On a watershed scale, the management of stormwater begins with pollution prevention (e.g. pet ordinances, buffer requirements, public education), followed by Source Controls (e.g. sweeping, Illicit Discharge Detection and Elimination), Onsite Stormwater BMPs (e.g. rain gardens, permeable pavement), and Regional BMPs (e.g. constructed pond or stormwater wetlands, large underground infiltration system). All these practices comprise a stormwater management system.
Stormwater treatment implies removal of pollutants or stormwater volume once they have been generated. On-site and regional practices treat stormwater runoff. The term Stormwater Treatment Train has loosely been used since the mid-1980s to represent a multi-BMP approach to managing the quantity and quality of stormwater runoff and has often included prevention and source control practices. In this discussion, treatment train refers to treatment practices.
The concept of treatment trains has been commonly used in the field of wastewater treatment. Professionals in this field will often describe each component of the treatment train in terms of the structure within the plant, i.e. bar screens, grit chambers, primary settling tanks, secondary treatment tanks. For the purpose of stormwater management, the lexicon differs by focusing on the processes utilized within the BMP, rather than the structural feature of a BMP. For the purpose of the Minnesota Stormwater Manual and the information contained in this article, the definitions of practices vs. processes are based on the recommendations contained in Design of Urban Stormwater Controls, published jointly by the Water Environment Federation and American Society of Civil Engineers in 2012. The following approach uses different terminology than developed by WEF, which refers to Practices as Unit Operations. Practice has been selected for this article to parallel the common usage in Minnesota of Best Management Practices (BMPs) and Stormwater Management Practices (SMPs).
A closer look at on-site and regional BMPs shows that each BMP utilizes one or more components that work together to remove pollutants utilizing combinations of hydraulic, physical, biological, and chemical methods. A well-developed stormwater treatment train will combine these processes in a manner that ensures management of all pollutants that have been identified as affecting the receiving water.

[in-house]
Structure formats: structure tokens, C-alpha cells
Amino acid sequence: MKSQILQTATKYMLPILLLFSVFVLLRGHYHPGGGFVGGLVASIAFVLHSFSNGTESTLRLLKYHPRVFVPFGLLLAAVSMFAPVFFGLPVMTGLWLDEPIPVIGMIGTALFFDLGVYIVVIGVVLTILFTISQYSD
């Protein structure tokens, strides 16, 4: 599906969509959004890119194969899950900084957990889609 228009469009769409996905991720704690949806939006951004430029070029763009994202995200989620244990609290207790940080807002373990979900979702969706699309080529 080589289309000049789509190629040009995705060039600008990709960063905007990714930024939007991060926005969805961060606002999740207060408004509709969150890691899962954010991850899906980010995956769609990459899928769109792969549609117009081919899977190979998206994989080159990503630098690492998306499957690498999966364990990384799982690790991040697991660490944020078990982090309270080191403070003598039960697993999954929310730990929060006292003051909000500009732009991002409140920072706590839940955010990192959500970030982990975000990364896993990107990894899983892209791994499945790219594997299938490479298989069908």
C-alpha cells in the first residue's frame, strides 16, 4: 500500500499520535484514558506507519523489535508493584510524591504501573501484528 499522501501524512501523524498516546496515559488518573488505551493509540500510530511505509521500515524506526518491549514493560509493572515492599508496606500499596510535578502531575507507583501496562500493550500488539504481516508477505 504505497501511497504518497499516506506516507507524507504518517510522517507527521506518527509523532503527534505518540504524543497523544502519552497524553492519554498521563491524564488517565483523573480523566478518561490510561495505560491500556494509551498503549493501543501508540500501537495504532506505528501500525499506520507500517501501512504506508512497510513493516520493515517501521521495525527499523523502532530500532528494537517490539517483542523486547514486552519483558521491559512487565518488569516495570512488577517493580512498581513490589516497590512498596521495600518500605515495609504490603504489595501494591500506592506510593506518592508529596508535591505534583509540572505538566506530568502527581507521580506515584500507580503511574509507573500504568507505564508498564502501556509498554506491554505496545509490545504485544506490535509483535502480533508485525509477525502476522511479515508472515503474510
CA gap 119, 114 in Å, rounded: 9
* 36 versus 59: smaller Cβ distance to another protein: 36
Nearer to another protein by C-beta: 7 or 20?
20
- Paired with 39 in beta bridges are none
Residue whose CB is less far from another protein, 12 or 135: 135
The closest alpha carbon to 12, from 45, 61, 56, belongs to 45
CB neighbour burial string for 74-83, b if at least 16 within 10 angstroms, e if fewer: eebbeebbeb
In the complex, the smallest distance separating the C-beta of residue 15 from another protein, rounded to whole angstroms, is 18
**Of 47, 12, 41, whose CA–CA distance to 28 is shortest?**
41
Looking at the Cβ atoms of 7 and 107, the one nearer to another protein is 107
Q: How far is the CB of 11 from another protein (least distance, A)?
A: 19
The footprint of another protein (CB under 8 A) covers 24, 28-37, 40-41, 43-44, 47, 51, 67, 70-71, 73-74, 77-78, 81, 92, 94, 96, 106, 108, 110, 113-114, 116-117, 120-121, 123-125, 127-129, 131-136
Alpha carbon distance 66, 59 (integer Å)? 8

Stormwater process describes the mechanism by which pollutants are removed. For example, infiltration and evaporation are different processes for managing stormwater volume. Stormwater practices are Best Management Practices. These are the stormwater controls in which the pollutant control process, or multiple processes, takes place. In the stormwater industry, many BMPs have evolved and have been given labels that describe the primary process utilized by that BMP/practice. A key example is the term infiltration, which is used interchangeably as both a process and as a practice.
Physically, each BMP/practice utilizes multiple processes. For example, the practice of a bioinfiltration BMP utilizes the following processes:
The following tables differentiate between stormwater process and practice. To view all the information in these tables in a single Excel file, link here.
A stormwater treatment train incorporates at least two processes to maximize the control of pollutants from the runoff. The BMP(s) selected may consist of one or multiple practices, depending on many considerations, including available space, physical conditions at a site, and regulatory requirements. See the tables above for a summary of processes and practices.
Hydraulic and physical processes remove larger solids and associated pollutants during storm events while biological and chemical processes that treat the finer solids and dissolved pollutants occur between storms (Scholes, et. al. 2007, Wong, et. al. 2001). Once complete, a treatment train can (adapted from Strecker, 2005)
Using this framework for pollutant removal, particulate size of the pollutant(s) of concern should be matched to the stormwater practice best suited to remove that pollutant from stormwater runoff (Wong, et. al. 2002, Strecker, 2005). The figure to the right suggests treatment processes for a range of particulate sizes commonly found in stormwater runoff. Chemical processes are rarely utilized, given the higher capital and operating costs of chemical feeds and controls.
The resulting stormwater treatment train may result in a single BMP, such as a stormwater wetland, that utilizes multiple treatment train processes and by definition can be considered a stand-alone stormwater treatment train. Or it could become a multi-BMP treatment train with BMPs operating in series or parallel to each other. Low Impact Development (LID) and Traditional development are two typical configurations of treatment trains currently utilized by site designers that meet the definition of stormwater treatment trains. The focus of LID is to keep the raindrop as close to it's source as possible utilizing techniques such as infiltration and capture/storage/reuse. Traditional development typically employs filtration and sedimentation practices such as swales and constructed ponds and wetlands. These practices may or may not treat rainwater close to its source but generally have minor impacts on stormwater volume. Where feasible, LID practices are favored from a stormwater management practice as they reduce both stormwater volume and pollutant loading. LID practices, however, are often constrained by site factors, such as shallow depth to bedrock, soil or groundwater contamination, and space limitations (e.g. ultra-urban settings).